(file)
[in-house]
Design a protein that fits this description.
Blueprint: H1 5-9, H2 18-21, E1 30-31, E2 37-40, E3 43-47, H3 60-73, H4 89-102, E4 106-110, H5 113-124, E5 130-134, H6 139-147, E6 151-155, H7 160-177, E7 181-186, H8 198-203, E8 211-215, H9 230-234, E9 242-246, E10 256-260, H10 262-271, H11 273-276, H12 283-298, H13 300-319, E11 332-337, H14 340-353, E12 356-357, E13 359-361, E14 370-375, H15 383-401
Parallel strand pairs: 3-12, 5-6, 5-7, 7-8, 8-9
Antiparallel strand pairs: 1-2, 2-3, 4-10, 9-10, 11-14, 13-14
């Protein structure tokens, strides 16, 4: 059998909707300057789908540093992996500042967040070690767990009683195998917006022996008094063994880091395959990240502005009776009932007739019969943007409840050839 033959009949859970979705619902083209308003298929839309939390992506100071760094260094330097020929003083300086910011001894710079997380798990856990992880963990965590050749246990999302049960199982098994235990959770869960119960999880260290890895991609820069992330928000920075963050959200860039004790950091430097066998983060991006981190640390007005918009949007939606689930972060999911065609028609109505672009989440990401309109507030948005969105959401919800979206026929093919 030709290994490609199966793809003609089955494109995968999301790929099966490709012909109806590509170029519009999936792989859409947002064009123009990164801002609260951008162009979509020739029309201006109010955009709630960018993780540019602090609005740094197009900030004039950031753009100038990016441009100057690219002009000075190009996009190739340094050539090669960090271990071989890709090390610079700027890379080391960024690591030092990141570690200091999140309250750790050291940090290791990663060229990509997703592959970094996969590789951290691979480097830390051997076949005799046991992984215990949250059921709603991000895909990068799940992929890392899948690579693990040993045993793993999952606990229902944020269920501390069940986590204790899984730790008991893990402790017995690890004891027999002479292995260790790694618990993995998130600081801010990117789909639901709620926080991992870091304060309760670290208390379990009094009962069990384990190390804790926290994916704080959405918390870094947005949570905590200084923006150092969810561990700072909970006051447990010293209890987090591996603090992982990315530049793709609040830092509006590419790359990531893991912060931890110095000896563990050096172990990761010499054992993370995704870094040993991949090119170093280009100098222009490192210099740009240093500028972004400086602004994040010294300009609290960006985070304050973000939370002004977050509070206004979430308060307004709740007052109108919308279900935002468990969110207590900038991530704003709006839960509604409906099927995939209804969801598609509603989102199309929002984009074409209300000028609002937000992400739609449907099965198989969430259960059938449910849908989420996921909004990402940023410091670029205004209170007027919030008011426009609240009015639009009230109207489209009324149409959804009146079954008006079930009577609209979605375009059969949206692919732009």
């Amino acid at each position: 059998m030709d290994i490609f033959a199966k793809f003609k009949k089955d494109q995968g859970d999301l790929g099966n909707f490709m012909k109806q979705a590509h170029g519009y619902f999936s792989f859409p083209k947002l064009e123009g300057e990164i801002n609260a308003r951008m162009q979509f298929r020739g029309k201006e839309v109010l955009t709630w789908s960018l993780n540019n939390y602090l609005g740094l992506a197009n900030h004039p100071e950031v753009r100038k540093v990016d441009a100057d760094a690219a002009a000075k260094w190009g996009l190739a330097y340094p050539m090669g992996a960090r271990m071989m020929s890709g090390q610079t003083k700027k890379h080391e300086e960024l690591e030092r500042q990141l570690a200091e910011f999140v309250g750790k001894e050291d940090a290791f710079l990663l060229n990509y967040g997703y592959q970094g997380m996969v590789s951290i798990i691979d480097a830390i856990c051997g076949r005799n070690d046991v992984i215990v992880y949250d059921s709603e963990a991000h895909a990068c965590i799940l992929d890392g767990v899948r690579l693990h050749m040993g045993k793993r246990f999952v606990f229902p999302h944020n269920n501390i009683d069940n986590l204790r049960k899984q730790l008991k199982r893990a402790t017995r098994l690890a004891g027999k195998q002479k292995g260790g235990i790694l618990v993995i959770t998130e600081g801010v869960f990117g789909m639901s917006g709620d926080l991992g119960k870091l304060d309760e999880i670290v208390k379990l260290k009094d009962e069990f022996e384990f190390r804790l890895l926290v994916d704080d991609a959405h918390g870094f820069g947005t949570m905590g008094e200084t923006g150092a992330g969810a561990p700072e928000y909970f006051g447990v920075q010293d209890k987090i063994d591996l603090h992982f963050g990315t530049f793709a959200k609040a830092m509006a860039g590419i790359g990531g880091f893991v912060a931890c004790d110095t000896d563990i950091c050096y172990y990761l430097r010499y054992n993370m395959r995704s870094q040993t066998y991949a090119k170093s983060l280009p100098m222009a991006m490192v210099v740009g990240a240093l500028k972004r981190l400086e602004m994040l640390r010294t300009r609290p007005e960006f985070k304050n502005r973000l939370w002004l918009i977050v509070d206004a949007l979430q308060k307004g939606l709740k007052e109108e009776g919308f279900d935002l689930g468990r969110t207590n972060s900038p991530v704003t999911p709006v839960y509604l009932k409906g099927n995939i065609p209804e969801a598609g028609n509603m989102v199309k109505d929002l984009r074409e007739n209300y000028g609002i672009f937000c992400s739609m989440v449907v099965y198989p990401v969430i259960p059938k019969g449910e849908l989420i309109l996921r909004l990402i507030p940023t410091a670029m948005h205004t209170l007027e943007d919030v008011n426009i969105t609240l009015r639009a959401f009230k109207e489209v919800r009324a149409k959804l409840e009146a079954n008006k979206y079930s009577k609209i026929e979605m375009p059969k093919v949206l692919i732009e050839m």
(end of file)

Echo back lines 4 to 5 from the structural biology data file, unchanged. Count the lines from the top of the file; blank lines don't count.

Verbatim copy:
Parallel strand pairs: 3-12, 5-6, 5-7, 7-8, 8-9
Antiparallel strand pairs: 1-2, 2-3, 4-10, 9-10, 11-14, 13-14